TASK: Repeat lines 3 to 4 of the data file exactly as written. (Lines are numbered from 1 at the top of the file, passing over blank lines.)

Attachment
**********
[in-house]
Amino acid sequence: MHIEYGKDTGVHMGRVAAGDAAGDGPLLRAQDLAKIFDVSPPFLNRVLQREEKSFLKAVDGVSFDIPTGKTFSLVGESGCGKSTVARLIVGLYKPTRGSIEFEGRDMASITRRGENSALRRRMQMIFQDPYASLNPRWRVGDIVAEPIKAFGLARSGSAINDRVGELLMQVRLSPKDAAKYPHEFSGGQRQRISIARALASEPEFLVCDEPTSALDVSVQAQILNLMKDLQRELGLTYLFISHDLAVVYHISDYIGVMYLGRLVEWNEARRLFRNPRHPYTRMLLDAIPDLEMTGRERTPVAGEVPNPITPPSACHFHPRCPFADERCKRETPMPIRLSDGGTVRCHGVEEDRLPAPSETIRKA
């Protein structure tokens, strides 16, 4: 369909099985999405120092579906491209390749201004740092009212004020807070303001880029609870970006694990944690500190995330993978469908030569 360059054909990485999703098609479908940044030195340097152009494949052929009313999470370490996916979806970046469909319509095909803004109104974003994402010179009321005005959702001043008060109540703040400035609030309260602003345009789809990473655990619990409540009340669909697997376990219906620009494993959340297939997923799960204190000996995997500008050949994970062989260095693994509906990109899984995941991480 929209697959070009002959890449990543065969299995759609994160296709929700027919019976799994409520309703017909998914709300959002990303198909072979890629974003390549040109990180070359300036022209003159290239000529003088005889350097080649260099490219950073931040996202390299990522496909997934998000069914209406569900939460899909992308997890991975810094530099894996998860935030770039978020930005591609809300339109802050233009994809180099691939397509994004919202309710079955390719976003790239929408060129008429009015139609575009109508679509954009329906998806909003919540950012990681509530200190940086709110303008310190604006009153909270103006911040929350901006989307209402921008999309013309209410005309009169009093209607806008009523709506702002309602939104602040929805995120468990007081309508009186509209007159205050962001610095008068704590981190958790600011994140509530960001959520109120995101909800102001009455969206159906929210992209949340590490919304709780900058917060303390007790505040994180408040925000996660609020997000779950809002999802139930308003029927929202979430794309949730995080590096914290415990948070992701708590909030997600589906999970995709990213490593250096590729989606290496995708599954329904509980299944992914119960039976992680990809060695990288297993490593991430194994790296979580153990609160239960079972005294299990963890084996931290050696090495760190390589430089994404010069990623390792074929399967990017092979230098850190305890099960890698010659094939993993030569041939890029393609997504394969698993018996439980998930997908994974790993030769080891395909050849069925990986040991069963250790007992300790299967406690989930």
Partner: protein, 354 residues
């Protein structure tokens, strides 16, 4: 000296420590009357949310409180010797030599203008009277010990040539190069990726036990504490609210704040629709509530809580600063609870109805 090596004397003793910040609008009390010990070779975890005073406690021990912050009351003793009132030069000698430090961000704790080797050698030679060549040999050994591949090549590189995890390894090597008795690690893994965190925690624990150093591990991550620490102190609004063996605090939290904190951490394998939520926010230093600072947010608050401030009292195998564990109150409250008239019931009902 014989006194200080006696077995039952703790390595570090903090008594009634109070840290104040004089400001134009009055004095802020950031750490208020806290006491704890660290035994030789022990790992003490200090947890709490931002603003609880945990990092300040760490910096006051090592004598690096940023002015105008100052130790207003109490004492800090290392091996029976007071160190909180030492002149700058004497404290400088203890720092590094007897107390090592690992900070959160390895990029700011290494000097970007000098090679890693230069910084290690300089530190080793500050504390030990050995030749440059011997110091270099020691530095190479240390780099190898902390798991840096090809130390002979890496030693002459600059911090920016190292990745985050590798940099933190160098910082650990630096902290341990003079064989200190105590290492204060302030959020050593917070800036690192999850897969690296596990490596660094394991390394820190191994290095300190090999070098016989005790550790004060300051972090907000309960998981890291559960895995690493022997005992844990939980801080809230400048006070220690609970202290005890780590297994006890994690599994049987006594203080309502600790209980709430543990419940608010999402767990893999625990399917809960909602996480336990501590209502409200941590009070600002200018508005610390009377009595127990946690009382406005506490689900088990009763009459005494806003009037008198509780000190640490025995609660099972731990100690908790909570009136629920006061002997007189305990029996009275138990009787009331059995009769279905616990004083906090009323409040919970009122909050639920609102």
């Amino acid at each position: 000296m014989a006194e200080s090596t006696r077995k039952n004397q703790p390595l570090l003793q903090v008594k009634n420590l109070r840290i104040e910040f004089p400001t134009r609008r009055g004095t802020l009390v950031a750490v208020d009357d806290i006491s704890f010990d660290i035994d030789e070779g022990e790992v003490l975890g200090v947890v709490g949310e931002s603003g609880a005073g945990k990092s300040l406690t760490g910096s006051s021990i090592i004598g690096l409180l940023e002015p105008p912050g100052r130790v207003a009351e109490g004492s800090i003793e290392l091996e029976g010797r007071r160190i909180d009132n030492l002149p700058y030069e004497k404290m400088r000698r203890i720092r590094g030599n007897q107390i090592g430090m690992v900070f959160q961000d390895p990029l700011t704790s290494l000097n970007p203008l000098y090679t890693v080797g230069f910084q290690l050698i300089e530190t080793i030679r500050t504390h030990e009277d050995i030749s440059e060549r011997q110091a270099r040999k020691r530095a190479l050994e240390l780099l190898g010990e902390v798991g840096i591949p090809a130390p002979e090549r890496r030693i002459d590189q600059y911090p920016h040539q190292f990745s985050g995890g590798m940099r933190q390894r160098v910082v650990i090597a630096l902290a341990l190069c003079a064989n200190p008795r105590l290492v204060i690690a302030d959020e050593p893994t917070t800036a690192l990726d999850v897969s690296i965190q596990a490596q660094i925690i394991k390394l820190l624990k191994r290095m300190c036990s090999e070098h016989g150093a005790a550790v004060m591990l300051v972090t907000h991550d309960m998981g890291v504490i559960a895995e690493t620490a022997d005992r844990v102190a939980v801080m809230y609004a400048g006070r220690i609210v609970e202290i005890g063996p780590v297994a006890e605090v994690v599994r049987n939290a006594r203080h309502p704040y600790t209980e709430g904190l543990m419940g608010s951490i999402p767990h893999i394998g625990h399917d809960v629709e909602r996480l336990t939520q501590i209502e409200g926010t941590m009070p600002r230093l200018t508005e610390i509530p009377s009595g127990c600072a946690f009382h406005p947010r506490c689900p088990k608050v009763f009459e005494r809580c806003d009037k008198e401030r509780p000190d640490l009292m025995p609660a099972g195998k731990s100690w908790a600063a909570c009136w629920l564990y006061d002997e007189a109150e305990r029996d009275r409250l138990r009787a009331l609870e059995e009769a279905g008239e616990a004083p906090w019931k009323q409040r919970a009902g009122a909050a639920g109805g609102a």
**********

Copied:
């Protein structure tokens, strides 16, 4: 369909099985999405120092579906491209390749201004740092009212004020807070303001880029609870970006694990944690500190995330993978469908030569 360059054909990485999703098609479908940044030195340097152009494949052929009313999470370490996916979806970046469909319509095909803004109104974003994402010179009321005005959702001043008060109540703040400035609030309260602003345009789809990473655990619990409540009340669909697997376990219906620009494993959340297939997923799960204190000996995997500008050949994970062989260095693994509906990109899984995941991480 929209697959070009002959890449990543065969299995759609994160296709929700027919019976799994409520309703017909998914709300959002990303198909072979890629974003390549040109990180070359300036022209003159290239000529003088005889350097080649260099490219950073931040996202390299990522496909997934998000069914209406569900939460899909992308997890991975810094530099894996998860935030770039978020930005591609809300339109802050233009994809180099691939397509994004919202309710079955390719976003790239929408060129008429009015139609575009109508679509954009329906998806909003919540950012990681509530200190940086709110303008310190604006009153909270103006911040929350901006989307209402921008999309013309209410005309009169009093209607806008009523709506702002309602939104602040929805995120468990007081309508009186509209007159205050962001610095008068704590981190958790600011994140509530960001959520109120995101909800102001009455969206159906929210992209949340590490919304709780900058917060303390007790505040994180408040925000996660609020997000779950809002999802139930308003029927929202979430794309949730995080590096914290415990948070992701708590909030997600589906999970995709990213490593250096590729989606290496995708599954329904509980299944992914119960039976992680990809060695990288297993490593991430194994790296979580153990609160239960079972005294299990963890084996931290050696090495760190390589430089994404010069990623390792074929399967990017092979230098850190305890099960890698010659094939993993030569041939890029393609997504394969698993018996439980998930997908994974790993030769080891395909050849069925990986040991069963250790007992300790299967406690989930």
Partner: protein, 354 residues